By Kate Stone
A new study from the University of Florida suggests that humans’ earliest primate ancestor was a tree-dwelling creature. Named Purgatorius, scientists believe it looked like a cross between a squirrel and tree shrew, and weighed less than a deck of playing cards.
This ancient animal was previously known only by its teeth. The shape of the teeth allowed paleontologists to determine the Purgatorius — estimated to have weighed about 3.5 ounces — ate insects and plants, but researchers knew little else about its lifestyle. With the discovery of the primate’s tiny ankle bones, scientists now have reason to believe it lived in trees.
According to Stephen Chester, assistant professor of anthropology at Brooklyn College, City University of New York, the wide range of mobility in the joints of the ankle bone suggests that tiny Purgatorius spent its time climbing trees and reaching for fruit at the edge of limbs.
“These ankle bones have really unique characteristics that indicate a specific kind of mobility that we only find in primates and their closest relatives today,” Chester explains. “Early primates were using this high degree of mobility to access resources that other animals on the ground couldn’t reach.”
The ability to live in trees gave those early primates access to valuable food sources. This is considered to be a critical factor in why primates have been successful in evolution. The adaptations Purgatorius had for climbing support the idea that the earliest primates diversified at the same time flowering plants became widespread.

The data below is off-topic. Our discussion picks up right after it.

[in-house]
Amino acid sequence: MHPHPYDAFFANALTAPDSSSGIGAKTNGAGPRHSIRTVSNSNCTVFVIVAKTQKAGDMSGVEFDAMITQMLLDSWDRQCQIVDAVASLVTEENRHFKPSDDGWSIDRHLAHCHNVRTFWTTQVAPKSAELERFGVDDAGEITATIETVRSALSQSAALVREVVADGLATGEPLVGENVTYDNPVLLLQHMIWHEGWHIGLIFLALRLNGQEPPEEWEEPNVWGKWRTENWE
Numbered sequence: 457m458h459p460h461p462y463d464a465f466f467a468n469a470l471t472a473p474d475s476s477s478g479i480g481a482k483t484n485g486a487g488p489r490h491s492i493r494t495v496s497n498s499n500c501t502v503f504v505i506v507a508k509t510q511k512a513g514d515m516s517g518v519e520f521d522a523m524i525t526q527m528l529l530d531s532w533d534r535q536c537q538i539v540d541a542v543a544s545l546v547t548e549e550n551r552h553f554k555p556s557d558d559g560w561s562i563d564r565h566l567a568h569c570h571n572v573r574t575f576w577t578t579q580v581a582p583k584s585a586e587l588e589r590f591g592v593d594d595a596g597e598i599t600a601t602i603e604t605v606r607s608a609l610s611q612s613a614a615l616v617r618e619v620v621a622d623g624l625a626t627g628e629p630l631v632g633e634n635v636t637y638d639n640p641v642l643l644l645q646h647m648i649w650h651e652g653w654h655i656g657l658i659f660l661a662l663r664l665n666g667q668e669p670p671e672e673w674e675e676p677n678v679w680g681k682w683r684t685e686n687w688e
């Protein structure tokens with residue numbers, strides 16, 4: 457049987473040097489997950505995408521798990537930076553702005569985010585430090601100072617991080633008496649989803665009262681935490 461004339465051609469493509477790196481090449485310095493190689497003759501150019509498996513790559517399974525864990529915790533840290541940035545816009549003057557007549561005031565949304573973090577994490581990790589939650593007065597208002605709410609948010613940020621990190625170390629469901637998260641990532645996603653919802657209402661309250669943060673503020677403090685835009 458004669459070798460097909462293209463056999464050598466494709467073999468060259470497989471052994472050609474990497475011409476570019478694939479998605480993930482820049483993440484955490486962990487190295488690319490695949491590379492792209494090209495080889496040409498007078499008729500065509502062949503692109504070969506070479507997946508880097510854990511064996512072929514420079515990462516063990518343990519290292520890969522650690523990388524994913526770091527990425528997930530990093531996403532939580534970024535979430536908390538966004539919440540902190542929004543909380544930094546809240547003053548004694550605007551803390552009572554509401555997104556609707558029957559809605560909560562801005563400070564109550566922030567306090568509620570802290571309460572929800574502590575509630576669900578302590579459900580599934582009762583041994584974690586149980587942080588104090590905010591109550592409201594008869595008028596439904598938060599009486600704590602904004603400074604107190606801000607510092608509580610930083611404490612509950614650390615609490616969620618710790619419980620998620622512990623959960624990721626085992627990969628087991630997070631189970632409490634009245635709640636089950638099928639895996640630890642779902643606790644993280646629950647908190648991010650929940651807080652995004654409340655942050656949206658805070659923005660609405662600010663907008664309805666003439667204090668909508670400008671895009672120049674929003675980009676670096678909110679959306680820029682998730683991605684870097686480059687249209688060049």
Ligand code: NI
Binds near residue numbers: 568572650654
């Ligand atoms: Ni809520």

“While Purgatorius is found just after a dramatic extinction that includes all non-avian dinosaurs, the new fossils suggest that the divergence of primates from other mammals was a more subtle event,” says Jonathan Bloch, curator of vertebrate paleontology at the Florida Museum of Natural History. “The beginning of primate evolution involved small modifications of the skeleton, making it easier to move through trees and eat the fruits, flowers, and leaves that they encountered.”
Bloch and Chester actually found Purgatorius’ ankle bones among boxes full of small, unidentified fossils recovered from the Garbani Channel sites in Montana by paleontologist William Clemens from the University of California, Berkeley. The Garbani Channel area is also famous for producing the holotype specimen of Tyrannosaurus rex.
“This discovery gives us an idea of what the rest of the animal looked like and what it could do,” Clemens says. “The take-home message is that arboreal life evolved early in the history of primates and is shared by most of their descendants.”
“You couldn’t possibly have predicted this animal if you only looked at the types of mammals that are alive today,” Bloch says. “This is something you only find in the fossil record.”
This research study is published in the Proceedings of the National Academy of Sciences.
Illustration courtesy of Doug Boyer